Hike Down to the Valley

Known by two names, the Pololū Trail and the ʻĀwini Trail, this pathway was once an old government road leading to Āwini. This makes the hike not just a physical endeavor but also a walk through history.

Descending approximately 420ft in just 0.6 miles, the trail offers breathtaking cliffside views, and the promise of black sand between your toes keeps you going. On average, it takes about 20 to 25 minutes to hike this steep descent. But don’t worry; the beach offers the perfect spot to catch your breath.

The trail’s grade averages at 13%, which we’d classify as moderate in terms of difficulty. Add to this the slipperiness during or after rains, and you’ve got yourself an exciting challenge.

Follow the trail and you might find unexpected delights, like rope swings along the way, adding a playful element to your adventure. The area is also under the trail steward program, ensuring that the path remains safe and enjoyable for all visitors while preserving its natural beauty.

Black Sand Beach of Pololū Valley

When you reach the valley floor, it’s like you’ve stepped into a different world. Imagine a black sand beach hugged by towering cliffs that rise almost 500 ft, all framed by the relentless, roaring ocean at Pololu Valley. This isn’t just a beach; it’s an awe-inspiring panorama of nature’s might and beauty.

The texture of the beach is a fascinating combination of fine black sand and larger boulders. And these aren’t just ordinary boulders; they’re the kind that makes you ponder how each one got there, adding to the beach on the valley floor’s dramatic allure. If you’re thinking of venturing into the water, though, you might want to bring water-friendly shoes.

The ocean here is not your average swimming spot. With high surf, undertow, and rip tides often present, this is no place for a leisurely swim. Only the experienced should venture in, and even then, not too deep. Pololū Valley beach and Pololū beach provide a unique experience but demand respect for their natural forces.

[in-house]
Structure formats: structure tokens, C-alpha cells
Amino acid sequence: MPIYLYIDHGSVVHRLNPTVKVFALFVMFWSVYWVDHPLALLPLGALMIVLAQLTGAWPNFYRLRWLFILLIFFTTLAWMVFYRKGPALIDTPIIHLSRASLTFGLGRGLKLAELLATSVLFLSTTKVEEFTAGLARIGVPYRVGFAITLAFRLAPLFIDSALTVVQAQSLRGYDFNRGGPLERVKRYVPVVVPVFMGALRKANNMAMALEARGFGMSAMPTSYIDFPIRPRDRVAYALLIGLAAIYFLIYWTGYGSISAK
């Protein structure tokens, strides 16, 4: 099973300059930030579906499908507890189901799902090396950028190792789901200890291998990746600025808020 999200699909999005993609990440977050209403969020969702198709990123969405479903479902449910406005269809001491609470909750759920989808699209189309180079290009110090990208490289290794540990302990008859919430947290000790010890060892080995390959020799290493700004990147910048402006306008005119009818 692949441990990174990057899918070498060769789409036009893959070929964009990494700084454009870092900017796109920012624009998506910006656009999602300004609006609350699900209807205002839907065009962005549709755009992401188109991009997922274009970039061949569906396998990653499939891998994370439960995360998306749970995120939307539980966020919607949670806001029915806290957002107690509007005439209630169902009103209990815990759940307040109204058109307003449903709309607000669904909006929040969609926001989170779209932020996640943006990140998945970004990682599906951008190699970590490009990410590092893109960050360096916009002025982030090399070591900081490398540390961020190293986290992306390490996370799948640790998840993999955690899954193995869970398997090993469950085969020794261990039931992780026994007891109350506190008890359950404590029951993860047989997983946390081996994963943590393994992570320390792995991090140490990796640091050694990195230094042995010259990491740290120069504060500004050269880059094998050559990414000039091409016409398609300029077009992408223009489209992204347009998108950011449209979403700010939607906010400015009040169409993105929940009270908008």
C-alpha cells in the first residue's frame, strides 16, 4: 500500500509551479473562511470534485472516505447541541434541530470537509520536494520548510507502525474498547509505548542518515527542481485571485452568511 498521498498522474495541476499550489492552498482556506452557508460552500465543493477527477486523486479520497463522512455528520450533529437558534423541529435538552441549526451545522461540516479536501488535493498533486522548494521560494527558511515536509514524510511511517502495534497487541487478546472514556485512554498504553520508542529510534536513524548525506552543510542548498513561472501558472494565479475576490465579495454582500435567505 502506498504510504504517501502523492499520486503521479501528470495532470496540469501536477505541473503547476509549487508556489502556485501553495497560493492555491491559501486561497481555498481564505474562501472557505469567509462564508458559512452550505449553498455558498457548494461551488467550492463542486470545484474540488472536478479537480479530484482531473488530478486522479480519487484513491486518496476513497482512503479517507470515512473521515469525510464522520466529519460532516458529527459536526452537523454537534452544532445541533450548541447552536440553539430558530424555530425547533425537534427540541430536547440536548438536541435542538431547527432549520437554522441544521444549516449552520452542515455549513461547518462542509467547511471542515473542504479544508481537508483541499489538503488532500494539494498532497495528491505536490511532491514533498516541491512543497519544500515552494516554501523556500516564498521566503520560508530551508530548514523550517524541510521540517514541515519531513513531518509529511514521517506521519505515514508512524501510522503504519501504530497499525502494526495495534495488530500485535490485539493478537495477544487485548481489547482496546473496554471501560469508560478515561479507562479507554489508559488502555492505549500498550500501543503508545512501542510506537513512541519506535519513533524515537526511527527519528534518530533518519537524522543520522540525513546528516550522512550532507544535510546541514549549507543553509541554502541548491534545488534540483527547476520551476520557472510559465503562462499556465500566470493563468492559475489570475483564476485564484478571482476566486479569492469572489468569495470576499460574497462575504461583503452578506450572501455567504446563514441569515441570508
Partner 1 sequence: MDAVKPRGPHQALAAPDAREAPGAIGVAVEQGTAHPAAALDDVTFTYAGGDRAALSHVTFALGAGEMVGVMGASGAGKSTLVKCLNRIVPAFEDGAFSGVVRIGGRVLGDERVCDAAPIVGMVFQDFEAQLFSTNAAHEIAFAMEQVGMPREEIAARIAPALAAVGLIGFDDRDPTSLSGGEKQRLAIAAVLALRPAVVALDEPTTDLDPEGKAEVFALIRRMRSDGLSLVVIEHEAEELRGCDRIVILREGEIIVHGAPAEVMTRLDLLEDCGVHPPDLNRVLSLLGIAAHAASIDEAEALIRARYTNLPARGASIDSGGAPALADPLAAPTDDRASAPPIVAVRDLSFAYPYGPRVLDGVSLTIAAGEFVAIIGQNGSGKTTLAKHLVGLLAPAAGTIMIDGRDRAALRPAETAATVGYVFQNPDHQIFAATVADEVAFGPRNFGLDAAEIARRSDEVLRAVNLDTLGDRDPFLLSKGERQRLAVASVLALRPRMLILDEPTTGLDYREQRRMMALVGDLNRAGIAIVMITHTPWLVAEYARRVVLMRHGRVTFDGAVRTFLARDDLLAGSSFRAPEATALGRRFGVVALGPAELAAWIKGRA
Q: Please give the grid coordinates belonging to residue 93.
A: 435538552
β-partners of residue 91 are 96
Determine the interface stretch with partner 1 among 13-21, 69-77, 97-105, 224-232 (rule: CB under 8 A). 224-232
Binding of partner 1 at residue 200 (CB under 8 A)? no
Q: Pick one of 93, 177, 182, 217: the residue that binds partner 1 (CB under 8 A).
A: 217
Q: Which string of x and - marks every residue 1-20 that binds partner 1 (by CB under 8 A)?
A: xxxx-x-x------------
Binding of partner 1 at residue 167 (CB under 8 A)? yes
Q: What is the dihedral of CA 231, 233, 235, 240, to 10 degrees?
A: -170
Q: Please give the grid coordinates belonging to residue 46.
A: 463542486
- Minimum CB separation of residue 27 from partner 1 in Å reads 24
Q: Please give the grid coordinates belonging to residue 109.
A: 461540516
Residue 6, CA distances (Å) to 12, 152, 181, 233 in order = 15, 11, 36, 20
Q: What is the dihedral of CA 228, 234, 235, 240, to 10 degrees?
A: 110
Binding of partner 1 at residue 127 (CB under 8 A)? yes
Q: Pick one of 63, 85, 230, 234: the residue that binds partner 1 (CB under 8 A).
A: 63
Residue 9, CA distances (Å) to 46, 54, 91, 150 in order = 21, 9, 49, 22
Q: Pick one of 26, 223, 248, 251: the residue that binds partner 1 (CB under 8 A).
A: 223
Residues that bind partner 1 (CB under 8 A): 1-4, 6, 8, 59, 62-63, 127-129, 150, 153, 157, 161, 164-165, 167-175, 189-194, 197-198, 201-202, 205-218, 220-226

If the ocean’s too rough, no worries! Behind the beach are large dunes and towering ironwood trees that act as natural barriers, protecting the valley from floodwaters. It’s a perfect backdrop for that Instagram-perfect shot or a quiet moment of solitude.

With a bit of time and energy, you can wander along the trails parallel to the beach. They’re your ticket to exploring the other side of the valley and potentially hiking to the black sand in other valleys. But—and this is a big but—remember that the land further inland is privately owned and contains sacred burial sites. Don’t wander too far; respect the boundaries and the sacredness of the land.

A Cautionary Note: Unfortunately, the trail is a bit of a cliffhanger—literally. Due to a landslide during the 2006 Kiholo Bay earthquake, it’s not safe to go any further. So, while you can’t complete the full trail, you can still savor the views from your lofty perch.

Directions to Pololū Valley

Pololū Valley is situated at the northernmost tip of the Big Island, nestled in the eastern slope of the extinct Kohala Mountain. All you need to do is follow the Akoni Pule Highway (Highway 270) until it ends—8 miles east of Hawi town, along the Big Island’s northern coast.

Parking: The parking at the lookout is not a sprawling lot; it’s pretty limited. So you might have to engage in a delicate ballet of turning your car around and finding a spot on the shoulder of the road, especially if you arrive in Pololu Valley early in the day.

The lush valley and green pastures, visible from the parking area, are a prelude to the stunning vistas you’ll encounter on the Valley trail.

Remember, the valley forms a deep cut in the landscape, marked by the serene Pololu stream and dotted with ironwood trees that protect the area. A hike down the Awini trail will reveal the full splendor of this location on the Island of Hawaii.


As our journey through the Pololū Valley comes to an end, we are left with more than just photographs and memories. This place, a spectacular blend of Hawaii’s raw natural beauty, has imprinted itself in our hearts.

Whether it was the stunning views from the Pololū Valley overlook, the tranquil moments spent on the black sand beach, or the exhilarating hike that challenged and rewarded us in equal measure, Pololū Valley is a testament to the island’s diverse and dynamic spirit. It stands not just as a destination, but as a reminder of the earth’s timeless beauty.